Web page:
I run into vegetarians who gorge soy, tempeh, seitan, and textured vegetable protein (TVP) with every meal, emulating meat-eaters’ abuse of protein.
But why do we do this?
It always comes back to the meat-industry’s quasi-scientific push in the 1950’s to make sure that Westerners ate enough animal protein. The explosion of farming technology during the 1970’s Green Revolution allowed the meat-industry to consolidate its power through heavy lobbying efforts on Capitol Hill, which turned the American diet into a “Satan” sandwich, consisting of cancer, heart disease, and diabetes.
I don’t believe humans are incapable of consuming and digesting meat, and I certainly don’t believe flesh is inherently bad, but I strongly believe that meat is not necessary for optimal health in our current civilization. Furthermore, the meat-industry and our government — the US Department of Agriculture, in particular — are dead-wrong for the former food pyramid and the current MyPlate, selling American’s health to the highest bidder.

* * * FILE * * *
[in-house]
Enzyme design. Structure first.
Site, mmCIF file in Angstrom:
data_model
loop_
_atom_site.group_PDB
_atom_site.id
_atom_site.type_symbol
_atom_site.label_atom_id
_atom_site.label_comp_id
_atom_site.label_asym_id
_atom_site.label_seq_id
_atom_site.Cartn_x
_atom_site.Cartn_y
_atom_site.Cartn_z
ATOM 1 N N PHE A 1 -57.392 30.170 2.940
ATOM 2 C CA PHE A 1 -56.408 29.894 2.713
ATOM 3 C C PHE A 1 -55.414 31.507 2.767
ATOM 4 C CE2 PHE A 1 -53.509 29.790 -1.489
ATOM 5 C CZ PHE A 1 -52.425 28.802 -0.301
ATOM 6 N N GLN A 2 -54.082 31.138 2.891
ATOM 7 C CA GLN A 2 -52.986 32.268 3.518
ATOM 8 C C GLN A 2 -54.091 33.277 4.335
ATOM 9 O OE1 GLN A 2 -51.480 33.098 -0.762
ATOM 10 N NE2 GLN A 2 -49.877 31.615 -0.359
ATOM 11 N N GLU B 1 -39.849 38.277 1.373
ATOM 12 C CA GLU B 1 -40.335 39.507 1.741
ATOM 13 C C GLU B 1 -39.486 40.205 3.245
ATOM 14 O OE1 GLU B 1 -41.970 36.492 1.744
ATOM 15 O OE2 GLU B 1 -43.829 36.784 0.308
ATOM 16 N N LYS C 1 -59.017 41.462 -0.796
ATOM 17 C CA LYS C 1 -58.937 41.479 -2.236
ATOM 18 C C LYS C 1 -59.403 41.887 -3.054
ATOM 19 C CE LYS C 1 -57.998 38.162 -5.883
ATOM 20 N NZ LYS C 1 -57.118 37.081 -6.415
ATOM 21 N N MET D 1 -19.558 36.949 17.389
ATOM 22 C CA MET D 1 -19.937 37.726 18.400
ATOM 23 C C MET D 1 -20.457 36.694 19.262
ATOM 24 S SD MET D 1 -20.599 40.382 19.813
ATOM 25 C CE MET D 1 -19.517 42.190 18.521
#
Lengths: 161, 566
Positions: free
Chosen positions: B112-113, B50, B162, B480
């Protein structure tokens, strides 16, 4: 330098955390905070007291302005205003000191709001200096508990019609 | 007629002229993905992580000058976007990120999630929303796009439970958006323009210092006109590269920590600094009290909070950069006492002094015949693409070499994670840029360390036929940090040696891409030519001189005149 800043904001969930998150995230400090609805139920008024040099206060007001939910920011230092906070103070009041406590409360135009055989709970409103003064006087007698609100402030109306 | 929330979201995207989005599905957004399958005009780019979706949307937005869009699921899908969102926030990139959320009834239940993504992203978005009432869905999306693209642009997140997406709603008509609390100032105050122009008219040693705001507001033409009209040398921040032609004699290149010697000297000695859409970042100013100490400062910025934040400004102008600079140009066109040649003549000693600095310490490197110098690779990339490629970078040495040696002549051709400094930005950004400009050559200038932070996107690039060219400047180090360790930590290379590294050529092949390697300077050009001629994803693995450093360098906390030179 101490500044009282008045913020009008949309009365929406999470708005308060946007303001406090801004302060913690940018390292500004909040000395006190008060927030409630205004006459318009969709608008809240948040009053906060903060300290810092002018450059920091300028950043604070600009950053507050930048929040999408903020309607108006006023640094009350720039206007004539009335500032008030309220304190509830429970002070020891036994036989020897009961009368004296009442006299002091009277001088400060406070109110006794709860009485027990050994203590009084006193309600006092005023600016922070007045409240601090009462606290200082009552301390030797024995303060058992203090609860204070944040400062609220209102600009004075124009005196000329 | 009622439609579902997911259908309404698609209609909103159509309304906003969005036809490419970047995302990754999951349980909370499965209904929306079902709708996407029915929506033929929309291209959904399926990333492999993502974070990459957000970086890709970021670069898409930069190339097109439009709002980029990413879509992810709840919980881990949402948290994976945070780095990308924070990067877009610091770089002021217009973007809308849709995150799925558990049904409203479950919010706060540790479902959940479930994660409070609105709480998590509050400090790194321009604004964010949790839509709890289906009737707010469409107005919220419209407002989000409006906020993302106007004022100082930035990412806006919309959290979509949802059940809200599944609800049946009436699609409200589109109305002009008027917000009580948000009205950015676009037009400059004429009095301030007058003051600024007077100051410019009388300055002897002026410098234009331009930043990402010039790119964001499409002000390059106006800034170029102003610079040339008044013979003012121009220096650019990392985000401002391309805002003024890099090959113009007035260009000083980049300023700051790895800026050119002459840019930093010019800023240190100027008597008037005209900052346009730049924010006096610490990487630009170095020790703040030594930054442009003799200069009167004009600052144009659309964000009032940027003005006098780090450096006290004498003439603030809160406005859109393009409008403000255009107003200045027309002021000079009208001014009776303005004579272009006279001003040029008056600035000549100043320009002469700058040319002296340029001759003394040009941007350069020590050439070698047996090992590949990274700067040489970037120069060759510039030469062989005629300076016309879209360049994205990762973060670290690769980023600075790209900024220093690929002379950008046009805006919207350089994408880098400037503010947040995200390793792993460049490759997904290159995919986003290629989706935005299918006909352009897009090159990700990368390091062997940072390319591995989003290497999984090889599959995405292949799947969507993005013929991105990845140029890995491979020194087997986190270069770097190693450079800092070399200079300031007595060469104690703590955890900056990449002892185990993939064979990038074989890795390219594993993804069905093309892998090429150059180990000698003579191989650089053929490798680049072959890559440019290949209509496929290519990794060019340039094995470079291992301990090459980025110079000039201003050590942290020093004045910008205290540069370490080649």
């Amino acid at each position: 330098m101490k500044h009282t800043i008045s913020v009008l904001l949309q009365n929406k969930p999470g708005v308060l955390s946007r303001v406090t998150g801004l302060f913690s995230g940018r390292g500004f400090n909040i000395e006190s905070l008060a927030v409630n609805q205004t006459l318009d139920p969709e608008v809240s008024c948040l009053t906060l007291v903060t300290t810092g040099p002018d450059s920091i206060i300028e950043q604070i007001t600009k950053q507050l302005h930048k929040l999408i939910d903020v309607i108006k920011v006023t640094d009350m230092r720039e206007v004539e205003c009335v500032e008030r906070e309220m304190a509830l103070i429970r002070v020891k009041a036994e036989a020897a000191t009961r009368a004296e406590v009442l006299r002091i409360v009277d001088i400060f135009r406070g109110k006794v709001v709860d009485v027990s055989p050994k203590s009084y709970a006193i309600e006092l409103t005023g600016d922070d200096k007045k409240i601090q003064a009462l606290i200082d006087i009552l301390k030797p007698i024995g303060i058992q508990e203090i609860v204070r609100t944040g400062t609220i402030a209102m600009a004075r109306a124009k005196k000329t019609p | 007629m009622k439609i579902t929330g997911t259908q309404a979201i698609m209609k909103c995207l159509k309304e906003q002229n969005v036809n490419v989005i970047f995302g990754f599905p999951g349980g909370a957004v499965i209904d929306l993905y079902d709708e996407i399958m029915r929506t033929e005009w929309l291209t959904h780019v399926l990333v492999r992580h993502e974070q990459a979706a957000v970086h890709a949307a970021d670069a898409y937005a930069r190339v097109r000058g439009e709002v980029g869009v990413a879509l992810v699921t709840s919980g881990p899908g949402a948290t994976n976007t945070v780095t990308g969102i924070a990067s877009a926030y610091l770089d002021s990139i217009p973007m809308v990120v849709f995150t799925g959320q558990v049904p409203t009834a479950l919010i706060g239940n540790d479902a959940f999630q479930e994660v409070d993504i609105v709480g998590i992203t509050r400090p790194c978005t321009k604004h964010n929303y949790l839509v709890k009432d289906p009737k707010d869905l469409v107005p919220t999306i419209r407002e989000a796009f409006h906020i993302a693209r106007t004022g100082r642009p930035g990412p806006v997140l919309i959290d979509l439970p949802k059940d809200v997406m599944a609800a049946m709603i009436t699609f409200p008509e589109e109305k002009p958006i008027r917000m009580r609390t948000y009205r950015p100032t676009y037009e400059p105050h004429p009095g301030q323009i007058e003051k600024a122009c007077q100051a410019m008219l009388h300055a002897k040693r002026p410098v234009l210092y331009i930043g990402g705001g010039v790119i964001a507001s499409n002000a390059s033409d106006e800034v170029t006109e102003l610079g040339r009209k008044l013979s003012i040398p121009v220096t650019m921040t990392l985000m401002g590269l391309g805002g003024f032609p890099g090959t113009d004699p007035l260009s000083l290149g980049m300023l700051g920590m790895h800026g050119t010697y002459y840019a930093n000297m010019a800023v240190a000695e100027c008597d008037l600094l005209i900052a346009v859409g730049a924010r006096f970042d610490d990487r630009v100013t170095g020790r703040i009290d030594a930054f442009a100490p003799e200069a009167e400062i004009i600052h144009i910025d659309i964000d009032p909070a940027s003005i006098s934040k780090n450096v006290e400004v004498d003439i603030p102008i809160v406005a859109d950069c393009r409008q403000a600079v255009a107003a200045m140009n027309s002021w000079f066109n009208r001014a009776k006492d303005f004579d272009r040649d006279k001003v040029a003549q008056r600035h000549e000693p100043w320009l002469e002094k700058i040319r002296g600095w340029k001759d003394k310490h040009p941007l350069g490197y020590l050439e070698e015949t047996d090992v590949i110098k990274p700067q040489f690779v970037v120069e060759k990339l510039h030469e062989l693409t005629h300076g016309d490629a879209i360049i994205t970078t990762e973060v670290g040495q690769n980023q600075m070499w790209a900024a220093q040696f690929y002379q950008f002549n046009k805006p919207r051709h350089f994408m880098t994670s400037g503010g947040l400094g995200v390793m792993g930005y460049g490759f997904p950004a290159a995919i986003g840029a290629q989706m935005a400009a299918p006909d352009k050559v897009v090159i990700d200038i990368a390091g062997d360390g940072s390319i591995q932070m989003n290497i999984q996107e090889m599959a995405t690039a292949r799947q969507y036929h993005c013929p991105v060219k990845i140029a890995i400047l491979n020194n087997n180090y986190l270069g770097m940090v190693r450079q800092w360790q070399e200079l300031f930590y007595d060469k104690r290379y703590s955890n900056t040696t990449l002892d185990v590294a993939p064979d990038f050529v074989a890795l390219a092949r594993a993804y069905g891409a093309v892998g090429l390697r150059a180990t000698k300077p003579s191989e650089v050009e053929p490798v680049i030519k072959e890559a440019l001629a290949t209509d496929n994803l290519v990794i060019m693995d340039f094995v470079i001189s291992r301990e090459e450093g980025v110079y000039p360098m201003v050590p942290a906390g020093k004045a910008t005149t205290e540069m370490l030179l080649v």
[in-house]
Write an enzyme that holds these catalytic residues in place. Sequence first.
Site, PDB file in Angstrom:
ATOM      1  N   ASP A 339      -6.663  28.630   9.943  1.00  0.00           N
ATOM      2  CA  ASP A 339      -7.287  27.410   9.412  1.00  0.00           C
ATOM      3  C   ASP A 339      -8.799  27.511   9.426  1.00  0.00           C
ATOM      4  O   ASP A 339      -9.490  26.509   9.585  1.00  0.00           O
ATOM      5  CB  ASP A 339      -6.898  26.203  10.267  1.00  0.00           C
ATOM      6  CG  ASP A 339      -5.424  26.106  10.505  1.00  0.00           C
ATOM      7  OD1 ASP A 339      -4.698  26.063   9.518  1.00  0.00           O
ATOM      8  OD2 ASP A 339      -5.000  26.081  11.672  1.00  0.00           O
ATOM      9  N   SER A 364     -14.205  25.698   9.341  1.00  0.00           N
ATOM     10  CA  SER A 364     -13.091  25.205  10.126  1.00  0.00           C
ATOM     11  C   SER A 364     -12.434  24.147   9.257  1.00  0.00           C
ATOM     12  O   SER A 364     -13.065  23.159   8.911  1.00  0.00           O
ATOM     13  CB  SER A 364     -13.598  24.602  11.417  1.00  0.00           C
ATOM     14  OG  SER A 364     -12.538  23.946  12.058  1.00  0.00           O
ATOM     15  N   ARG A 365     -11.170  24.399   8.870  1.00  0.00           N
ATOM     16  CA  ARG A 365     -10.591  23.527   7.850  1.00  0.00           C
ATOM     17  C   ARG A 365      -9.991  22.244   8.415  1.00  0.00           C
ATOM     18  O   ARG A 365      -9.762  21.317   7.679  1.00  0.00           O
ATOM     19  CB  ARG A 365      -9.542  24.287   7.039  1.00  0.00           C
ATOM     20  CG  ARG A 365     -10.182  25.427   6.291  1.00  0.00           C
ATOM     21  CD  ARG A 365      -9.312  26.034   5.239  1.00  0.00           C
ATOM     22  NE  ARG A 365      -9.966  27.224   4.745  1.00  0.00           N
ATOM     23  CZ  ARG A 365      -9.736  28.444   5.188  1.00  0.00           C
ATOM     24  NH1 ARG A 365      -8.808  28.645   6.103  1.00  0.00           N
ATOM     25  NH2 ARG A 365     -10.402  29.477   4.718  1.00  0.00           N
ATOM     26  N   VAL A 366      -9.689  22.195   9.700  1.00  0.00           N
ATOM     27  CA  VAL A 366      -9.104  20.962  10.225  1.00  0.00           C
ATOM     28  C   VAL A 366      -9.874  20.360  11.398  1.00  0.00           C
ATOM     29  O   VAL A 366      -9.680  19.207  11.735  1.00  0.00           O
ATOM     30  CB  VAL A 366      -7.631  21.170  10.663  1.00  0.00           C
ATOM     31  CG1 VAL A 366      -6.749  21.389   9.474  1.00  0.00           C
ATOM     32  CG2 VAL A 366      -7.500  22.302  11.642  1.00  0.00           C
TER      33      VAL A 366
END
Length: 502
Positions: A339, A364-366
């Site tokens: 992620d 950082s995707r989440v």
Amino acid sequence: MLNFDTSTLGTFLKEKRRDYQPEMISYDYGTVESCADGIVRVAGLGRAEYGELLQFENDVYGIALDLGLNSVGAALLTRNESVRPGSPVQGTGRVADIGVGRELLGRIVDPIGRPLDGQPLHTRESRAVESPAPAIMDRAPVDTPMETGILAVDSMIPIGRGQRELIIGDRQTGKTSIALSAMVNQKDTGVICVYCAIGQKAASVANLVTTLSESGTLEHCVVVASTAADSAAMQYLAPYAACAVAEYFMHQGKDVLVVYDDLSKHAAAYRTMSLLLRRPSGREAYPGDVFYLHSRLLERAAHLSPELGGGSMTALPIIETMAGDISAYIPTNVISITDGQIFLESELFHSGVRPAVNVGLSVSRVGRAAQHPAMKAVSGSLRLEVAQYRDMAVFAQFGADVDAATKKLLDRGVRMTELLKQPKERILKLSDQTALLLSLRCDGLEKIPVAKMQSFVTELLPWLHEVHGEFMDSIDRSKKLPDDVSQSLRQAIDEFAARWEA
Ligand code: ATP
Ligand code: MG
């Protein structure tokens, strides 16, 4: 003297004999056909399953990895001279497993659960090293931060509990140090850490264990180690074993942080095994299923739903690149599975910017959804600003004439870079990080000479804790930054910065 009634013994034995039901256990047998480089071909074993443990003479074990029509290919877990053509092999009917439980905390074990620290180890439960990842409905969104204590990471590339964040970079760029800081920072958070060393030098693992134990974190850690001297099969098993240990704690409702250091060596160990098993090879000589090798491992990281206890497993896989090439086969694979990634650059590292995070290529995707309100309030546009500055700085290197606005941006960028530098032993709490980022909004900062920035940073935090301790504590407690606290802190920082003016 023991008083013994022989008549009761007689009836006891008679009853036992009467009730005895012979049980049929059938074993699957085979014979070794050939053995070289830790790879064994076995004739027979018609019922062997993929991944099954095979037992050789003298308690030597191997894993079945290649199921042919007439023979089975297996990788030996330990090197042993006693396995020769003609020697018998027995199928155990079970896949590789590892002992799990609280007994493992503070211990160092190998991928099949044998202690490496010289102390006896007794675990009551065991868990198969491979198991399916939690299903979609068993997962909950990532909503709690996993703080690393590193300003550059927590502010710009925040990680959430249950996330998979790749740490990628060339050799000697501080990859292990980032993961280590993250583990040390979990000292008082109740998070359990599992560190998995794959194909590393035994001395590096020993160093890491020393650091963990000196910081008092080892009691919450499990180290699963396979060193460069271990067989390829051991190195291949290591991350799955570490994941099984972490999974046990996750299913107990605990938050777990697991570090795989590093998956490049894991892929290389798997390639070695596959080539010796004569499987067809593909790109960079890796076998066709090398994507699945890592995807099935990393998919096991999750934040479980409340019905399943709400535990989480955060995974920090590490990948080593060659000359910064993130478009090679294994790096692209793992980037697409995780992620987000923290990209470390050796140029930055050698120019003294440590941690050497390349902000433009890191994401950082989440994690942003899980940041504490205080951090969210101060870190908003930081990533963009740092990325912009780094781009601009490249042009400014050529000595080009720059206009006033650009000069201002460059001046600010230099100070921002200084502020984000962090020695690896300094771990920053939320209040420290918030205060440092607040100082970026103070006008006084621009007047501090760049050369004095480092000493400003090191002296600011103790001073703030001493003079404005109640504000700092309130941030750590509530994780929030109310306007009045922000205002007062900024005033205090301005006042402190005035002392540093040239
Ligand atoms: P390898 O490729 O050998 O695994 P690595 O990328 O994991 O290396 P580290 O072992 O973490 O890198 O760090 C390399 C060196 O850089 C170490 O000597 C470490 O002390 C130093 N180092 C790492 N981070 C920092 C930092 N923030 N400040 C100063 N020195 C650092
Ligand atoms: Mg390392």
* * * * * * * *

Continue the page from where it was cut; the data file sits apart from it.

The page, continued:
I’m stronger everyday in my conviction and advocation for a plant-based diet, a diet in which all people can embrace, whether they are omnivore, frugivore, or vegan. I still enjoy a wheat-less veggie burger from time to time, but I know that my salvation lies in what nature provides without processes — fruit and vegetables.
FrigiVoice: Sound off: Are vegetarians faking-the-funk by eating mock meat?
I’m a vegetarian and eat tons of soy without any side effects or drawbacks. I am fan of rawness and liked your honesty because I have that same problem when I go home albeit less and less now that I’ve been veg for over fifteen years.
But I do have story similar to yours. I went home for Christmas and I made a mock ham and my whole family “mocked” (pun intended) me the entire dinner. I felt bad but it helped me feel more secure with my meatless diet.
Good luck with your journey, there will be tons of support for you and vegan or vegetarian lifestyle. ( I am not sure which one you are)
IMO those mock meat products are not very healthy to consume.Take a look at the ingredients: many of them, even though they taste meaty and satisfy that craving for flesh, are not really helping you achieve what everyone claims that vegetarian lifestyle brings — HEALTH . Many studies have revealed that soy-based products are not very healthy for us